Starship Trooper is mostly recognized by the movie and while the movie is a straight up action movie by the same director who did Robocop, the book is more a philosophical discussion.

So the basic premise of the world is that the Federation is run by the military, you must serve a term in the military in order to vote, be a citizen, and hold office. The military is a very similar to our current one, an all volunteer force with two main sections: ground forces (the mobile infantry) and air/sea/space forces (fleet). Unlike the movie though, all the mobile infantry are equipped with crazy battle suits so by mobile infantry they mean rocket propelled giant mobile armors bouncing around firing nukes at people.

I think the book has some interesting ideas and it’s still required reading for West Point. Heinlein wrote it in 1959 so the idea of an all volunteer force with specific and tight command was predicative. Some other concepts that he mentioned are part of this world are that the Federation has capital and corporal punishment in a public setting (that means both hanging and floggings in the public square). No such thing as West Point, all officers come up through ranks with required drops.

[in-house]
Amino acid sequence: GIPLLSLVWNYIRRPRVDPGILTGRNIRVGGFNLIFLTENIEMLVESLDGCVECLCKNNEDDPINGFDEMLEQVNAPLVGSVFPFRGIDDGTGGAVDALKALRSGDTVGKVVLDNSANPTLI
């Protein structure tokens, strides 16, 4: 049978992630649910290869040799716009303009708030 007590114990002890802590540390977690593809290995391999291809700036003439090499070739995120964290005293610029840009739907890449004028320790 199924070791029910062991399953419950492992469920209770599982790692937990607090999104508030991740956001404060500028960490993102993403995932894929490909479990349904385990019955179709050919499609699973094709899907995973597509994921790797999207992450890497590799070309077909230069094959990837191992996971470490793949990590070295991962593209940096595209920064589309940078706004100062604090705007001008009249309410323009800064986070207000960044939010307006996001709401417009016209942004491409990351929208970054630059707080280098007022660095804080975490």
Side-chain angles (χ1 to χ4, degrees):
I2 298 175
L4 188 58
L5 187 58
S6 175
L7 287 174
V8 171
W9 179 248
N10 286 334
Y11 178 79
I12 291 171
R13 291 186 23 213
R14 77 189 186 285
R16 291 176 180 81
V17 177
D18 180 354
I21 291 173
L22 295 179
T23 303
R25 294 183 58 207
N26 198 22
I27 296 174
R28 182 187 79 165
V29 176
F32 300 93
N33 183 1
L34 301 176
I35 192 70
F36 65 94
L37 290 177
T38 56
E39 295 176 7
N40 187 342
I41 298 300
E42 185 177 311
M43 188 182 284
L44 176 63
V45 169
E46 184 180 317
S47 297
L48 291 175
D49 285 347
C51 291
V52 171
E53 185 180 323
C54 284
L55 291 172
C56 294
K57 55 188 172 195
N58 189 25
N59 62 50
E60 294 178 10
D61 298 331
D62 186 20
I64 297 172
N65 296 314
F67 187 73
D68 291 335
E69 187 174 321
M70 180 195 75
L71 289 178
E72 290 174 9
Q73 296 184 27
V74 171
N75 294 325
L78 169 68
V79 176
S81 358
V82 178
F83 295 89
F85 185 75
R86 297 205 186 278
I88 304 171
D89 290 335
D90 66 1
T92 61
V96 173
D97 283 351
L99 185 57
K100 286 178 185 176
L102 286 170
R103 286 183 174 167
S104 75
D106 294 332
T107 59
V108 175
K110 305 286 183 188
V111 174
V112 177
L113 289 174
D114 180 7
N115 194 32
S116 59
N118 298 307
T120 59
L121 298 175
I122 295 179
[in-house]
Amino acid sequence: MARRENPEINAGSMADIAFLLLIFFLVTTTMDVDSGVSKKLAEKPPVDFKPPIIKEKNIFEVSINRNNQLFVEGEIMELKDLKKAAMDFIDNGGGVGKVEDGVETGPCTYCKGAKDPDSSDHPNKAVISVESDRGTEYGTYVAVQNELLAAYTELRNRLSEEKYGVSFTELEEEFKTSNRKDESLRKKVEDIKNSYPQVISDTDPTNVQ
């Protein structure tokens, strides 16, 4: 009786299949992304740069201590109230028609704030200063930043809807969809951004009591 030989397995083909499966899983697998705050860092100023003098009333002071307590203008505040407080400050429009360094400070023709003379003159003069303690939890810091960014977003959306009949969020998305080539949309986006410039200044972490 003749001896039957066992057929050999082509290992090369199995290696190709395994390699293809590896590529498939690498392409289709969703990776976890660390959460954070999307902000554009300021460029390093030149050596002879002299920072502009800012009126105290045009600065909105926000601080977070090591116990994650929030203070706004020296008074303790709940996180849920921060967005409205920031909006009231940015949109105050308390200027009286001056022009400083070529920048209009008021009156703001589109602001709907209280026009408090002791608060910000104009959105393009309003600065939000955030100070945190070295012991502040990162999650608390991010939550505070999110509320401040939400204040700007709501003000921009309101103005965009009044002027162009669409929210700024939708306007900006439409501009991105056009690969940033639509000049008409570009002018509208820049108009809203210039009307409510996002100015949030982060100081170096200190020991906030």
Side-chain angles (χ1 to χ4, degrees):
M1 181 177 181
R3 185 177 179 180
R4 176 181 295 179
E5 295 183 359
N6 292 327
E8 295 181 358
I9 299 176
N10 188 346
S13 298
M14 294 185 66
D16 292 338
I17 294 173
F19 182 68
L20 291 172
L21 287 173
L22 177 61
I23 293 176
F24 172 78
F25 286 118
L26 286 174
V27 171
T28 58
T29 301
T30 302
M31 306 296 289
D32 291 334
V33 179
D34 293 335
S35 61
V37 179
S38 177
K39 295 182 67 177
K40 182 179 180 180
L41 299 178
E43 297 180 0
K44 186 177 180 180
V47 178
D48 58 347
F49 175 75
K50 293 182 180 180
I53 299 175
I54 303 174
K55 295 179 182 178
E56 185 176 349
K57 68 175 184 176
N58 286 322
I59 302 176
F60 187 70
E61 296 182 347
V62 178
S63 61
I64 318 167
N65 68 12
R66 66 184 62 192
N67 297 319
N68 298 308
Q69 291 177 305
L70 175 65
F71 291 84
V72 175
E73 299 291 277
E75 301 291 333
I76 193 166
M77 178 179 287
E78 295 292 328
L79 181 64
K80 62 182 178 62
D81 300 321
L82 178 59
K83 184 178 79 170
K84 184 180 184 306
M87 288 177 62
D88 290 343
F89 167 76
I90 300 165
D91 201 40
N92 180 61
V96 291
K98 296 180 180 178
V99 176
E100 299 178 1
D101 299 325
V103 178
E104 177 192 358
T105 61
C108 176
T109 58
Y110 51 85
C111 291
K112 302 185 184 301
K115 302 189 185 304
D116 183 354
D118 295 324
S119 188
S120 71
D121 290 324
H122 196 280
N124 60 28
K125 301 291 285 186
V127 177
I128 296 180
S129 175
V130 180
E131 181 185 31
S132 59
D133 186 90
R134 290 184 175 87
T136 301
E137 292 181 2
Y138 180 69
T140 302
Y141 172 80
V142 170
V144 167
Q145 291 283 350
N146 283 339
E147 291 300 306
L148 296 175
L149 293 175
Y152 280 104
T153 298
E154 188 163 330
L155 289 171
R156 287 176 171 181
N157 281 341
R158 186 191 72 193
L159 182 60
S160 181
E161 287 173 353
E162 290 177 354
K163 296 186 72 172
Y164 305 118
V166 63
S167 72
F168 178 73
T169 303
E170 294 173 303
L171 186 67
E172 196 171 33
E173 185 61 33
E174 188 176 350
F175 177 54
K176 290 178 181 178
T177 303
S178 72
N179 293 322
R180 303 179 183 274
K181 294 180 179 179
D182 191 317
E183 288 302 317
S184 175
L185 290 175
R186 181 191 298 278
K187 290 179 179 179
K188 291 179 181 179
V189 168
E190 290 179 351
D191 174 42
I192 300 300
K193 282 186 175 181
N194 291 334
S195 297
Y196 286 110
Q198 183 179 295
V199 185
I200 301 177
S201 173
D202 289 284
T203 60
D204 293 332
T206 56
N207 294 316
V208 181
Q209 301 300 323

Heinlein talks a LOT about democracy shortcomings and just in general about some aspects of our society that he deems silly, such as a juvenille detention system, a full democracy, the lack of true punishment. It seems that it’s very strict society (Signaporean?)